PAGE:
Well, where to begin..
Tokyo is a booming city that has literally earned the title of the “Most Populous Metropolitan Area in the World”. Within the streets, you see almost as many bicycles as pedestrians but notice one thing lacking, a use of locks. The sense of trust and friendliness is expanded to the pedestrians when visiting the city as well. Treat their streets with respect and their patrons will do the same in return.
Japan has adopted a strongly cultural mindset of proper trash disposal and as a result, have immaculately clean public locations. Cleanliness and hygiene stretch further than just in public places, the removal of shoes and use of private hot springs is also highly adopted through this respected cultural mindset.
Shopping and exploration can be rather interesting due to the restraint of leveled square footage on the island country of Japan. The number of people and lack of excess space make it rather difficult to expand outward, so as a result, many shopping complexes with multiple shops are extended upwards. These major shopping districts create much shopping, traveling and working patrons and because of this, Tokyo’s centralized train station is known as the busiest in the world, serving over 3 million people a day. The night crowd of Tokyo is no different.
Taking a page from the book of New York as, “the city that never sleeps”, late night drinks and partying can be fairly noticeable at the countless Karaoke singing bars as well as the late night snacks that come from Tokyo’s plethora of vending machines. One of the many random fun facts we know is that Japan has the highest amount of vending machines in the world. In all of Japan, there are over 5 million vending machines. These intricate machines have been widely known as the most diverse, containing things from fruits to ramen noodles.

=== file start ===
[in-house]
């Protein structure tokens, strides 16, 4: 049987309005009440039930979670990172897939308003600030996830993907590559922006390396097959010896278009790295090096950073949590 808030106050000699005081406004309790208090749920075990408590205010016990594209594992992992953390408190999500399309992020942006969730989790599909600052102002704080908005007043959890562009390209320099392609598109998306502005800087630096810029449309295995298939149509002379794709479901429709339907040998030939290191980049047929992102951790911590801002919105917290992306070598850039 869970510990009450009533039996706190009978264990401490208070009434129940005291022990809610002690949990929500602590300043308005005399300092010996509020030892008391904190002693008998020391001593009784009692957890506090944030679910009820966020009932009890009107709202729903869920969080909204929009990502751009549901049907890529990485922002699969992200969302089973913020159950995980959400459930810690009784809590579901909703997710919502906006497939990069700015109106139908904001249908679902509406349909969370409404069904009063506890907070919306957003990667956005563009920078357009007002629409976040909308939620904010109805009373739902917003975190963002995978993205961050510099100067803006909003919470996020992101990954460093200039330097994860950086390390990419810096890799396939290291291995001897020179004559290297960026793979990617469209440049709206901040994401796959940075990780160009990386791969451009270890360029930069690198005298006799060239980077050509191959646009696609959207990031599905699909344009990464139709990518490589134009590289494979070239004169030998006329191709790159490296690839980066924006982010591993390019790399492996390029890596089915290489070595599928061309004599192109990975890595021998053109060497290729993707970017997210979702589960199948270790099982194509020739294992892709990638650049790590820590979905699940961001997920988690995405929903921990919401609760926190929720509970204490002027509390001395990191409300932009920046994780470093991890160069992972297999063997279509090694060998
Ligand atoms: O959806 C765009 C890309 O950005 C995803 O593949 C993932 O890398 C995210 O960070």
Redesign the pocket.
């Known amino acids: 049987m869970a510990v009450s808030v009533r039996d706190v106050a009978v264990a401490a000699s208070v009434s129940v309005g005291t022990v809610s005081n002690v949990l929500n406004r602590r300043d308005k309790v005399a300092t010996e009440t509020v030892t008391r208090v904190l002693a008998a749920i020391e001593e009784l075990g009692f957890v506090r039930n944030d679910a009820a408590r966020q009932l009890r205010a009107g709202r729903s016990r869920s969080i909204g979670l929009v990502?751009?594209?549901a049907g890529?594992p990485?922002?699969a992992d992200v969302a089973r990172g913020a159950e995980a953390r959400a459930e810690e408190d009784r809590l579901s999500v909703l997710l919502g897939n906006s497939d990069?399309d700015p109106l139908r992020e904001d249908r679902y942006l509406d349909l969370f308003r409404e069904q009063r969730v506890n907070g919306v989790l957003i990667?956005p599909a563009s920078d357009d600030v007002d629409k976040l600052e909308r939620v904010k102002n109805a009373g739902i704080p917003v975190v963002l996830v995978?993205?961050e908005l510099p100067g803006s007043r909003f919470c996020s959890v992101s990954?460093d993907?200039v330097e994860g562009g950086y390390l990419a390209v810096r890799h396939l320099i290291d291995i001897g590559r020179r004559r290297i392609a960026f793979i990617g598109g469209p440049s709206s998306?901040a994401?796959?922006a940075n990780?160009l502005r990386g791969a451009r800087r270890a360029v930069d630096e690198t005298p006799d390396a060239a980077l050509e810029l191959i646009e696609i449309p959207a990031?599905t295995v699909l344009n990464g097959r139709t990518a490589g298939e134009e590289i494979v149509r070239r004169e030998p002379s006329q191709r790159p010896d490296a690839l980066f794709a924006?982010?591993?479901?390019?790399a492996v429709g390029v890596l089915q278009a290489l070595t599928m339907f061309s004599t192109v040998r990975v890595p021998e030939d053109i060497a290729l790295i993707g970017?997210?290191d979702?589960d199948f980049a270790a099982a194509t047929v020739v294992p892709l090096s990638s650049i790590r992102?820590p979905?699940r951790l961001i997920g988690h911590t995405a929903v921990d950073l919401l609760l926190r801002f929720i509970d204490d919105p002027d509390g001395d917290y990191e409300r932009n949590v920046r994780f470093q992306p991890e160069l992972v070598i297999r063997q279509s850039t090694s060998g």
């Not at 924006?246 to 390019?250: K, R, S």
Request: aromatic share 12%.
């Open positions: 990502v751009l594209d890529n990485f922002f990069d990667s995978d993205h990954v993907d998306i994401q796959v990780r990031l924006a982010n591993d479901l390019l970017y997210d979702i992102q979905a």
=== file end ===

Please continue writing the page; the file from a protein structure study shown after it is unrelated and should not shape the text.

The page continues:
Just know that wherever you may go in this city and country that locals practice their cultural mindset with ‘omotenashi’ in mind. This mindset is portrayed throughout everyday life whether it be by taxi, shopkeeper or tour guide. Just remember that when traveling to Tokyo, treat others as you would like to be treated and your experience will be beyond compare!
If you’ve never been to Tokyo, we strongly recommend taking a cycling tour. These can go for up to 15 miles but have a lot of stops. It’s a great way to see parts of the city that you’d otherwise just drive by.
One of the Number 1 rated things to see in Tokyo is the Tsukiji Market. This is one of the largest fish markets in the world, handling more than 2,000 tons of fish daily. Talk about a LOT of fish! Even if you’re no sushi fan, seeing all the fish and people is sure to “wow” you.
And don’t worry about the language barrier! Even though many people do not speak English, there are many signs translated in English almost everywhere you look!